By Dr. Kandis Y. Wyatt, PMP
Faculty Member, Transportation and Logistics
President Biden is scheduled to sign the Infrastructure Investment and Jobs Act, a $1 trillion infrastructure bill, on November 15. This legislation will enable upgrades, repairs, and advancements to our nation’s physical infrastructure, including train systems, roads, seaports, airports, and pipelines.
However, infrastructure involves more than just the physical structures that enable the safe transport of people and products. That infrastructure also includes the computing systems that control road traffic and air traffic, as well as radio-frequency identification (RFID) tags. While the bill is a scaled-down version of the original bill, it provides many advancements intertwined with transportation and logistics.
Roads and Bridges
A large part of the bill involves building and repairing roads, highways, and bridges across the country. In some states, there are thousands of unusable bridges and roads that are in need of immediate repair. Also, the bill increases the number of on-duty agents at train stations to enhance freight safety.
The Infrastructure Investment and Jobs Act will fund critical upgrades to public transportation, such as buses, rail systems, and subways. Modernizing existing public transit lines and buses will allow more people to use them. In addition, requiring the installation of green technology for buses and rails means using electric vehicles with zero emissions, as well as retiring buses and subway cars with outdated technology.
Airport upgrades are badly needed across the U.S. Many airports are located within city limits, so there are limited areas of expansion. The lack of available land reduces airports’ ability to increase domestic and international flights.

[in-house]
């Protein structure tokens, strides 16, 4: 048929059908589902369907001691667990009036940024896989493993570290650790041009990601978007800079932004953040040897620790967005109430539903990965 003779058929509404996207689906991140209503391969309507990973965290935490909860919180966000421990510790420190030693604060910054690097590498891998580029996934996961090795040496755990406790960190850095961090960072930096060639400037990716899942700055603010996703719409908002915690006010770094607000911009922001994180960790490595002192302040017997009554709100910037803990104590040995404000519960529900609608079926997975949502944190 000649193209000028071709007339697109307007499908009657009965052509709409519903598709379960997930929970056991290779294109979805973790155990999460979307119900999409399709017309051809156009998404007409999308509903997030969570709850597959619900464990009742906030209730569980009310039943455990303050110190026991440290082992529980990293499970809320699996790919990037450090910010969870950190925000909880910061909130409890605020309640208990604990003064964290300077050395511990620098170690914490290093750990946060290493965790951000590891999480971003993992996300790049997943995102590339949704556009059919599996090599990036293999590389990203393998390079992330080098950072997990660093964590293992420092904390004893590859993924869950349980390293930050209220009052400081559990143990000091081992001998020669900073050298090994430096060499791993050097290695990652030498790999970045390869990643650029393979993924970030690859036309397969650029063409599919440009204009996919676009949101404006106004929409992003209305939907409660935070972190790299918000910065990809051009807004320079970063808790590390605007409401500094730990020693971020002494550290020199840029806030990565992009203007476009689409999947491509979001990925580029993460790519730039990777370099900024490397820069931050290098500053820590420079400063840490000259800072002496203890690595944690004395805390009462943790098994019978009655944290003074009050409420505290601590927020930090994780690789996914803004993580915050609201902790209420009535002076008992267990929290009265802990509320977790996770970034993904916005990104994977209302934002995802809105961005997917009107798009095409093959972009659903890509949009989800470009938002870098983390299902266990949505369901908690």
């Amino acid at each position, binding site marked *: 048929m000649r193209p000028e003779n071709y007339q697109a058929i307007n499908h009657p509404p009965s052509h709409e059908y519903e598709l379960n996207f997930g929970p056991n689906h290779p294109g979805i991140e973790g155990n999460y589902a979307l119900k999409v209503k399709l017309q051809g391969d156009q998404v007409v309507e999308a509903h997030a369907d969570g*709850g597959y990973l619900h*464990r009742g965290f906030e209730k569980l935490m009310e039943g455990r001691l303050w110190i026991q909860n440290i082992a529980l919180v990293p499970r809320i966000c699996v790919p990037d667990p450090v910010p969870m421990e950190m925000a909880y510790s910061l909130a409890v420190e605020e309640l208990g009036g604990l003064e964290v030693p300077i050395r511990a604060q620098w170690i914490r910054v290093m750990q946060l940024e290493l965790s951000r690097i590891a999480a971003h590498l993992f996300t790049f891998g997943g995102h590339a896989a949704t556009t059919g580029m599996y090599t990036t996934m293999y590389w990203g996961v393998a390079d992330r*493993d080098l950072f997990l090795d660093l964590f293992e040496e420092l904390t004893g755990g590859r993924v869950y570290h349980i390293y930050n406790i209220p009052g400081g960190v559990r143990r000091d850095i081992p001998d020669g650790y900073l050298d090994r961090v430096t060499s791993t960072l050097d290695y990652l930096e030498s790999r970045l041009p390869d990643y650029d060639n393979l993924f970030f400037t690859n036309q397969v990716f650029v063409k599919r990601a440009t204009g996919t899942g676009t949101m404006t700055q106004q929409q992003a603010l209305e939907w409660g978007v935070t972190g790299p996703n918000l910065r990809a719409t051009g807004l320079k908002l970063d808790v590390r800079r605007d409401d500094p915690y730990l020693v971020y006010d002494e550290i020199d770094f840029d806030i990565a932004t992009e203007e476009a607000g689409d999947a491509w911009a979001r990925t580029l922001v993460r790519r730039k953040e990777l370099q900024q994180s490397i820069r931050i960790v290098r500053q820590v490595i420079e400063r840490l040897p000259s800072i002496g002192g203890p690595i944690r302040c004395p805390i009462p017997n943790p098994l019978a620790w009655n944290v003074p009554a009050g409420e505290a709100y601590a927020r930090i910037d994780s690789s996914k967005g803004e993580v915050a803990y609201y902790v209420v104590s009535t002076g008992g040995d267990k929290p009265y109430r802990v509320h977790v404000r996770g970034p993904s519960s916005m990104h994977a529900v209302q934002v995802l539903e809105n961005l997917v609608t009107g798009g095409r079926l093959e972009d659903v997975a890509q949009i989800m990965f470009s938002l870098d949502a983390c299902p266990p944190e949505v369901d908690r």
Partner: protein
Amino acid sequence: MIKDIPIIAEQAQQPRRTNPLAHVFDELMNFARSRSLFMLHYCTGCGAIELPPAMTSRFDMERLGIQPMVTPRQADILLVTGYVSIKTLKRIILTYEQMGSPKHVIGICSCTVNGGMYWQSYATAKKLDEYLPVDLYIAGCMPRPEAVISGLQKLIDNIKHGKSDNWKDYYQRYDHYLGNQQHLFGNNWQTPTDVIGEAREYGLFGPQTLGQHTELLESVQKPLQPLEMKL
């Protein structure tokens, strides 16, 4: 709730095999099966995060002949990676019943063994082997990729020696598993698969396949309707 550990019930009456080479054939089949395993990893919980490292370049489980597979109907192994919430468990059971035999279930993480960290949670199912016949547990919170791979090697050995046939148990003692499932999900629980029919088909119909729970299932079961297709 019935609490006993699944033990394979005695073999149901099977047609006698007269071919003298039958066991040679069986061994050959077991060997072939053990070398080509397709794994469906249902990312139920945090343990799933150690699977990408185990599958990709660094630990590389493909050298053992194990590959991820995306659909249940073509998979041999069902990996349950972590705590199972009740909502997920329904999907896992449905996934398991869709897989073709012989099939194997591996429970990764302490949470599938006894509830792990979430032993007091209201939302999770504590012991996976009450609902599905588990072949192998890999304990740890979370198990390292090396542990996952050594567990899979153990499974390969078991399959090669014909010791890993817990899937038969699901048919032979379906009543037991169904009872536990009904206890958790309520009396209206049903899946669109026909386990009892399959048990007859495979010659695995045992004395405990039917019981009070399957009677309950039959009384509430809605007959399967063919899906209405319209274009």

These airport upgrades will not only include the maintenance and repair of terminals, runways, and airport towers, but also the development of computerized systems to tackle long-standing issues that could cause delays, such as adverse weather, equipment maintenance, and a lack of staffing. The overall goal is to enhance safe travel by reducing long lines, eliminating unnecessary delays and a lack of airport terminal space, and overcrowded gates.
Recent natural disasters, such as the Texas ice storm of February 2021 and the landfall of Hurricane Ida left millions of people without power for weeks. The bill provides funding for “grid reliability and resiliency,” which will result in the updating of older power lines, cables, and investments in ensuring the cybersecurity of power grids. To address climate change, the power grid funding will also support the development and adaptation of clean energy technology.
Some communities, especially those in rural areas, lack continuous, reliable internet access.Expanding broadband technology in rural areas and low-income communities is possible by creating a uniform system to provide internet access. This access to the internet will increase real-time access to vital information, such as safety notices, weather updates and road construction delays.
Utilities such as water, electrical power, and gas are essential to the American economy, and Flint, Michigan is a perfect example of how outdated water pipes can lead to detrimental health effects. The lead contamination in Flint’s water pipes led to a nationwide call for lead pipe replacements and upgrades.
The bill will provide more funding for the cleanup of manmade chemicals known as per- and polyfluoroalkyl substances (PFAS) in water systems. The cybersecurity of water plants will also be strengthened in order to be resilient against cyberattacks.